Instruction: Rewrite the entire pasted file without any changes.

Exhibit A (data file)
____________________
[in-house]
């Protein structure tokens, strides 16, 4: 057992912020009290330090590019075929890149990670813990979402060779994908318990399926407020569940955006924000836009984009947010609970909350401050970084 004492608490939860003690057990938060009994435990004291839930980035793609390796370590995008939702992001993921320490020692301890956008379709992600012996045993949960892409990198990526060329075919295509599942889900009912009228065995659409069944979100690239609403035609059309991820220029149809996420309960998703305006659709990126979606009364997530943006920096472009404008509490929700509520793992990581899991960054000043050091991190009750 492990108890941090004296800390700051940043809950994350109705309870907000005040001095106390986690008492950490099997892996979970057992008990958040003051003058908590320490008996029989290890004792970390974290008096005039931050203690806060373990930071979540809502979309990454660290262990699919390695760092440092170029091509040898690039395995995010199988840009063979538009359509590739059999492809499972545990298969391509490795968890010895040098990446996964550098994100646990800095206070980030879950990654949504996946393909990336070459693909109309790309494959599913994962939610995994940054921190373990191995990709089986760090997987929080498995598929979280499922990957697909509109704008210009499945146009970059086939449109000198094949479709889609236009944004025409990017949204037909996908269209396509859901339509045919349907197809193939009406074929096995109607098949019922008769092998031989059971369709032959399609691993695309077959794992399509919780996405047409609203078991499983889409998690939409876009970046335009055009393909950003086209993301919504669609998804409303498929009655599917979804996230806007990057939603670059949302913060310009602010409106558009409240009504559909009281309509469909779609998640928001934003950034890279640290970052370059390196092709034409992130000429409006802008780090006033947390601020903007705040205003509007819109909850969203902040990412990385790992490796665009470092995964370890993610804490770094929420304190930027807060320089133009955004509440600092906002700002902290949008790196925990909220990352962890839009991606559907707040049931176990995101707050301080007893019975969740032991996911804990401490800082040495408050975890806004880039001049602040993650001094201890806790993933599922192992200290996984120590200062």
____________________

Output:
[in-house]
């Protein structure tokens, strides 16, 4: 057992912020009290330090590019075929890149990670813990979402060779994908318990399926407020569940955006924000836009984009947010609970909350401050970084 004492608490939860003690057990938060009994435990004291839930980035793609390796370590995008939702992001993921320490020692301890956008379709992600012996045993949960892409990198990526060329075919295509599942889900009912009228065995659409069944979100690239609403035609059309991820220029149809996420309960998703305006659709990126979606009364997530943006920096472009404008509490929700509520793992990581899991960054000043050091991190009750 492990108890941090004296800390700051940043809950994350109705309870907000005040001095106390986690008492950490099997892996979970057992008990958040003051003058908590320490008996029989290890004792970390974290008096005039931050203690806060373990930071979540809502979309990454660290262990699919390695760092440092170029091509040898690039395995995010199988840009063979538009359509590739059999492809499972545990298969391509490795968890010895040098990446996964550098994100646990800095206070980030879950990654949504996946393909990336070459693909109309790309494959599913994962939610995994940054921190373990191995990709089986760090997987929080498995598929979280499922990957697909509109704008210009499945146009970059086939449109000198094949479709889609236009944004025409990017949204037909996908269209396509859901339509045919349907197809193939009406074929096995109607098949019922008769092998031989059971369709032959399609691993695309077959794992399509919780996405047409609203078991499983889409998690939409876009970046335009055009393909950003086209993301919504669609998804409303498929009655599917979804996230806007990057939603670059949302913060310009602010409106558009409240009504559909009281309509469909779609998640928001934003950034890279640290970052370059390196092709034409992130000429409006802008780090006033947390601020903007705040205003509007819109909850969203902040990412990385790992490796665009470092995964370890993610804490770094929420304190930027807060320089133009955004509440600092906002700002902290949008790196925990909220990352962890839009991606559907707040049931176990995101707050301080007893019975969740032991996911804990401490800082040495408050975890806004880039001049602040993650001094201890806790993933599922192992200290996984120590200062």